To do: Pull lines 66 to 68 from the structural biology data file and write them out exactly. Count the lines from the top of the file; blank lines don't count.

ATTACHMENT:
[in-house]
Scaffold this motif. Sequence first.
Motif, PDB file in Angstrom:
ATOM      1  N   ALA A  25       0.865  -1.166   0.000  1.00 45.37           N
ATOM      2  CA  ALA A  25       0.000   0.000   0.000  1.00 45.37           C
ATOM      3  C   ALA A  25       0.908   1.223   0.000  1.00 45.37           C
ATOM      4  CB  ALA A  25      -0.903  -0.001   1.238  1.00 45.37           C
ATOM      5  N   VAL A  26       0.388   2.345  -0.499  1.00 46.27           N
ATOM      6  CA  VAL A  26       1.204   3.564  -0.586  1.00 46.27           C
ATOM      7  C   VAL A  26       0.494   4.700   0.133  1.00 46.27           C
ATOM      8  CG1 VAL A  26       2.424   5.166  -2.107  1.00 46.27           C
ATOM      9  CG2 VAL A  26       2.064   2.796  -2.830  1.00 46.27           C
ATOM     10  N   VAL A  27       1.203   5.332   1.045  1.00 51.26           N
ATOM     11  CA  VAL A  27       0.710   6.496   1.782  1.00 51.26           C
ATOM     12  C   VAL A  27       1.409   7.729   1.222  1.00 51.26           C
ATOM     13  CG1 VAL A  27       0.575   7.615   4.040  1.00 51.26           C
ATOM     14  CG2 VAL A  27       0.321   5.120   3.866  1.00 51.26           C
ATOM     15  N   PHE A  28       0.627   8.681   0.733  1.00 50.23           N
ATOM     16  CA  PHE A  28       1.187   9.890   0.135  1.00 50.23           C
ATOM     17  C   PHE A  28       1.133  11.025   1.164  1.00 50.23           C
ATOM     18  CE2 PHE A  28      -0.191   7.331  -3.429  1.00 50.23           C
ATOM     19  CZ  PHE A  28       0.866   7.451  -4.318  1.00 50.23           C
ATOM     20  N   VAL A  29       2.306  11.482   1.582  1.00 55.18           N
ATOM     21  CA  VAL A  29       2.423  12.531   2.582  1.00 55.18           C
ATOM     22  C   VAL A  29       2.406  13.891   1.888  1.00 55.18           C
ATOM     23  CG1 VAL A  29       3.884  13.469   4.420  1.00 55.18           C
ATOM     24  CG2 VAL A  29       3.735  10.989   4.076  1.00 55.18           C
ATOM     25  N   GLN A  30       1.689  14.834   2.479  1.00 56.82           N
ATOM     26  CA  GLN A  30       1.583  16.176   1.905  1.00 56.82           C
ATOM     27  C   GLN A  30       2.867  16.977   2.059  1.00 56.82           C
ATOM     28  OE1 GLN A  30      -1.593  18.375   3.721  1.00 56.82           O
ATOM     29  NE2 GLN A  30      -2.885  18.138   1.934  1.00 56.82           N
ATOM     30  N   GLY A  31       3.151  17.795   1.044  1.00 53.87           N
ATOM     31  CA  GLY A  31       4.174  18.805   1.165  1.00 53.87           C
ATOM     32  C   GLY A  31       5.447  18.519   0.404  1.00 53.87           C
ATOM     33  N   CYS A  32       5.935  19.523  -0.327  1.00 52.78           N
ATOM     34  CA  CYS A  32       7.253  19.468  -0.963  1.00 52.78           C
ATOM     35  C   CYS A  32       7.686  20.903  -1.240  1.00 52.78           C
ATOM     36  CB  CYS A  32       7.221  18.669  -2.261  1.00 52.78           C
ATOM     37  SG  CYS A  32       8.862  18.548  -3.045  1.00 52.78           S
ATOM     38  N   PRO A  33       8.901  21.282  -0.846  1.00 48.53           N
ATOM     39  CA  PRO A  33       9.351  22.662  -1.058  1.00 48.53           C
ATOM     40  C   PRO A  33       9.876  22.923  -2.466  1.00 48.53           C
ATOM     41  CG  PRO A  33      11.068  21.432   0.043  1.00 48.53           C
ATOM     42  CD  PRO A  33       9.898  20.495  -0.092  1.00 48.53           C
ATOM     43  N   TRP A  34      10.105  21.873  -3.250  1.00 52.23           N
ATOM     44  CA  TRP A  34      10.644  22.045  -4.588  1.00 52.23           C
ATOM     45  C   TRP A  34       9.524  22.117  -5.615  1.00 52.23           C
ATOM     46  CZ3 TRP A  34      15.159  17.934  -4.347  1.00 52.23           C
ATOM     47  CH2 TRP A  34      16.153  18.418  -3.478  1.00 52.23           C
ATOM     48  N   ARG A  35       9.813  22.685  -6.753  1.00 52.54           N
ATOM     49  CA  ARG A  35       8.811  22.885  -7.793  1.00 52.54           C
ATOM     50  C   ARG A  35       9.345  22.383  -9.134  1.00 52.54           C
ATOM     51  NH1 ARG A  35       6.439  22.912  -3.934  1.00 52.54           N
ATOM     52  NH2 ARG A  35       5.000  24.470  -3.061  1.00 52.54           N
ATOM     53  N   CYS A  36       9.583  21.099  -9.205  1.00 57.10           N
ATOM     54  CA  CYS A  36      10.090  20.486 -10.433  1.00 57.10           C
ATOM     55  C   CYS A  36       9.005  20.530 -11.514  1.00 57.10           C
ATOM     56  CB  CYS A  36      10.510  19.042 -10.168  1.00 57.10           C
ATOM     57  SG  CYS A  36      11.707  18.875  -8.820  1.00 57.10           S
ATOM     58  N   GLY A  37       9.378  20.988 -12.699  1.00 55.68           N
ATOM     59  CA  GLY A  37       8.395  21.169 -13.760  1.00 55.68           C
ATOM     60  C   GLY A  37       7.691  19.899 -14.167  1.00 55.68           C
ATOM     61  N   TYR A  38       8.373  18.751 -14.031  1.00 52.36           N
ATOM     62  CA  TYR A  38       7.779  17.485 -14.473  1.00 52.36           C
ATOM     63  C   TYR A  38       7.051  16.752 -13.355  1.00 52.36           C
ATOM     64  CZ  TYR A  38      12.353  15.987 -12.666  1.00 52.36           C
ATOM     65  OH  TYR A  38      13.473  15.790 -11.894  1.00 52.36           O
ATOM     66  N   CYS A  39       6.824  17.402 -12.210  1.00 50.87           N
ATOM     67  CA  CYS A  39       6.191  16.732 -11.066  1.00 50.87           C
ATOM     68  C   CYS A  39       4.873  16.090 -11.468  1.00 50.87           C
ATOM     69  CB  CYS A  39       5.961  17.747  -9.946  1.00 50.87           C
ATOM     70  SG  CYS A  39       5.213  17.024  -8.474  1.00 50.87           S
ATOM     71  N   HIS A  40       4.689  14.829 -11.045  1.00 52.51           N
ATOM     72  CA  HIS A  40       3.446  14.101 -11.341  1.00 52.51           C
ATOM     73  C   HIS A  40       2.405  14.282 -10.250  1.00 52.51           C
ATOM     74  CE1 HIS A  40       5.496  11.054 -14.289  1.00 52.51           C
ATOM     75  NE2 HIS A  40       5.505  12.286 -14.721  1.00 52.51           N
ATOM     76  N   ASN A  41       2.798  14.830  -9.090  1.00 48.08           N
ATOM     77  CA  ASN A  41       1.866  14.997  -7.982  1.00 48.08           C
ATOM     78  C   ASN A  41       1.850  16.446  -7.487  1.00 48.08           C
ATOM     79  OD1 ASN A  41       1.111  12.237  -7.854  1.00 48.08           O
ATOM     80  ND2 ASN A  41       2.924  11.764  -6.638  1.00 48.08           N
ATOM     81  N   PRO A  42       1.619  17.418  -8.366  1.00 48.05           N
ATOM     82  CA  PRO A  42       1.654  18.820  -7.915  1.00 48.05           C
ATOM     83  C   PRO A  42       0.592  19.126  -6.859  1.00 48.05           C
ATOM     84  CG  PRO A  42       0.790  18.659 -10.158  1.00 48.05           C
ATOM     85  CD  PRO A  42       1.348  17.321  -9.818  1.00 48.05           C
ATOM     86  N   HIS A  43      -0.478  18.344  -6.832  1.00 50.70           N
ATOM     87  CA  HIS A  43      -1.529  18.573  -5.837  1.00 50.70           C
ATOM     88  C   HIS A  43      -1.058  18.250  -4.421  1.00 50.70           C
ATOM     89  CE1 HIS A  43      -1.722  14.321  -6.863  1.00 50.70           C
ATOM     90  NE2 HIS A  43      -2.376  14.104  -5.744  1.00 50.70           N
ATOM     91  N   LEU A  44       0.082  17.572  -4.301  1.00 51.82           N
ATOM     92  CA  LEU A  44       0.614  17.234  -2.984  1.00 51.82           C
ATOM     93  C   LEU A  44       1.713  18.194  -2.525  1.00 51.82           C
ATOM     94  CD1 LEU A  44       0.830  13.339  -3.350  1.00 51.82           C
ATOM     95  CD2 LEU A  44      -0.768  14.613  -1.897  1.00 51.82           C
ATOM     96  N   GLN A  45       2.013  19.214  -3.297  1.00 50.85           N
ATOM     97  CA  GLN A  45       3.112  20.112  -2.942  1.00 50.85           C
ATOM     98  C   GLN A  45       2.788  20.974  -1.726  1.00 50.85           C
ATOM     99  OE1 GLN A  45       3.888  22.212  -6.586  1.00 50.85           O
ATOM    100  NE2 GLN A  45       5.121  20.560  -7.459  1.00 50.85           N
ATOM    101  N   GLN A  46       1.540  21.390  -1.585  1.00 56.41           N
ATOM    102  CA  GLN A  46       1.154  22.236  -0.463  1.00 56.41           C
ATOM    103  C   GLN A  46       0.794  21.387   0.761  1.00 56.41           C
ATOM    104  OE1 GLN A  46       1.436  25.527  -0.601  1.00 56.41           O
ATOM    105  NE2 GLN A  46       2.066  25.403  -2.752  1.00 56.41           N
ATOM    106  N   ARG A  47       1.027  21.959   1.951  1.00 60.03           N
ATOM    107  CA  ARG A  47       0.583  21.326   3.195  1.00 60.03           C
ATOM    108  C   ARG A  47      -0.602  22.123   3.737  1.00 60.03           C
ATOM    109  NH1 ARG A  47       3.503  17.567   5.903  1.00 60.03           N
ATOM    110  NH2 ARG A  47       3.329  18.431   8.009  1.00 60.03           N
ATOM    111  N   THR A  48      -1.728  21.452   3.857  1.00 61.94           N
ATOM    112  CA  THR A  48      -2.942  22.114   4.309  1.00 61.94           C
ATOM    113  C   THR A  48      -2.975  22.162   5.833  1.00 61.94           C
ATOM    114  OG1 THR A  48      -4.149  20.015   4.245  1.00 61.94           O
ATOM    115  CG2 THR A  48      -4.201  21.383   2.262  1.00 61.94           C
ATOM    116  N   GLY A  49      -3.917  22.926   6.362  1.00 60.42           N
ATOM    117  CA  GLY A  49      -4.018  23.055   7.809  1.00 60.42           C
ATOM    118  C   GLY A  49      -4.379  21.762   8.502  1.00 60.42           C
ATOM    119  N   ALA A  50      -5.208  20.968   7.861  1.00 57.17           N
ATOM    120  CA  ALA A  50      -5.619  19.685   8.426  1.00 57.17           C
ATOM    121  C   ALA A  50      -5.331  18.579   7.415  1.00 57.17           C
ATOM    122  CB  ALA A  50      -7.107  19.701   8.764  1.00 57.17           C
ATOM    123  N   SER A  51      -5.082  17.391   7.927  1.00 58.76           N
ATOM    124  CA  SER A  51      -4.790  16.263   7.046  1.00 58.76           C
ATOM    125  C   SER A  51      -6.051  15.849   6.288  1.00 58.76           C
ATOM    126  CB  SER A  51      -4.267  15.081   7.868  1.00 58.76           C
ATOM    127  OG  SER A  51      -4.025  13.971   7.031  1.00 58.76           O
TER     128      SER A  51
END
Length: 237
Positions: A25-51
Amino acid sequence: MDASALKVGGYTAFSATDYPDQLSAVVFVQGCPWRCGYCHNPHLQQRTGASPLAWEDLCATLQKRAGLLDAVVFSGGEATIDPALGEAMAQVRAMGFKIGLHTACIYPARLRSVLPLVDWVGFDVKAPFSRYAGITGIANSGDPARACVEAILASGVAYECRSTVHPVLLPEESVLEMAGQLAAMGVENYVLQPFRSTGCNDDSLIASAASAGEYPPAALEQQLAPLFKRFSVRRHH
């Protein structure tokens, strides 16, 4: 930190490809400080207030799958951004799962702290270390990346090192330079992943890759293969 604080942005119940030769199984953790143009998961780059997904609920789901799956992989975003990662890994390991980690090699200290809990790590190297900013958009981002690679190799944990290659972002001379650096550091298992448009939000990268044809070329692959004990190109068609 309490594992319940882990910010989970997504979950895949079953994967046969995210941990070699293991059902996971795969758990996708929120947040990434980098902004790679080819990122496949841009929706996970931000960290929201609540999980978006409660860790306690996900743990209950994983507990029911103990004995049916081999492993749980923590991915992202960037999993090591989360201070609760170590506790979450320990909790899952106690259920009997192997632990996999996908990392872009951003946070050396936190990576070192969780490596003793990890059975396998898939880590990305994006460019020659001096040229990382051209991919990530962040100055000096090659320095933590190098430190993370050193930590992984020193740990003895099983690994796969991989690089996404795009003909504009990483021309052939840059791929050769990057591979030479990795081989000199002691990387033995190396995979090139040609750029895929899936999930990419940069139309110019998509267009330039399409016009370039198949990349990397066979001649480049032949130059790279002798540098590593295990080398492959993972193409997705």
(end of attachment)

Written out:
ATOM     63  C   TYR A  38       7.051  16.752 -13.355  1.00 52.36           C
ATOM     64  CZ  TYR A  38      12.353  15.987 -12.666  1.00 52.36           C
ATOM     65  OH  TYR A  38      13.473  15.790 -11.894  1.00 52.36           O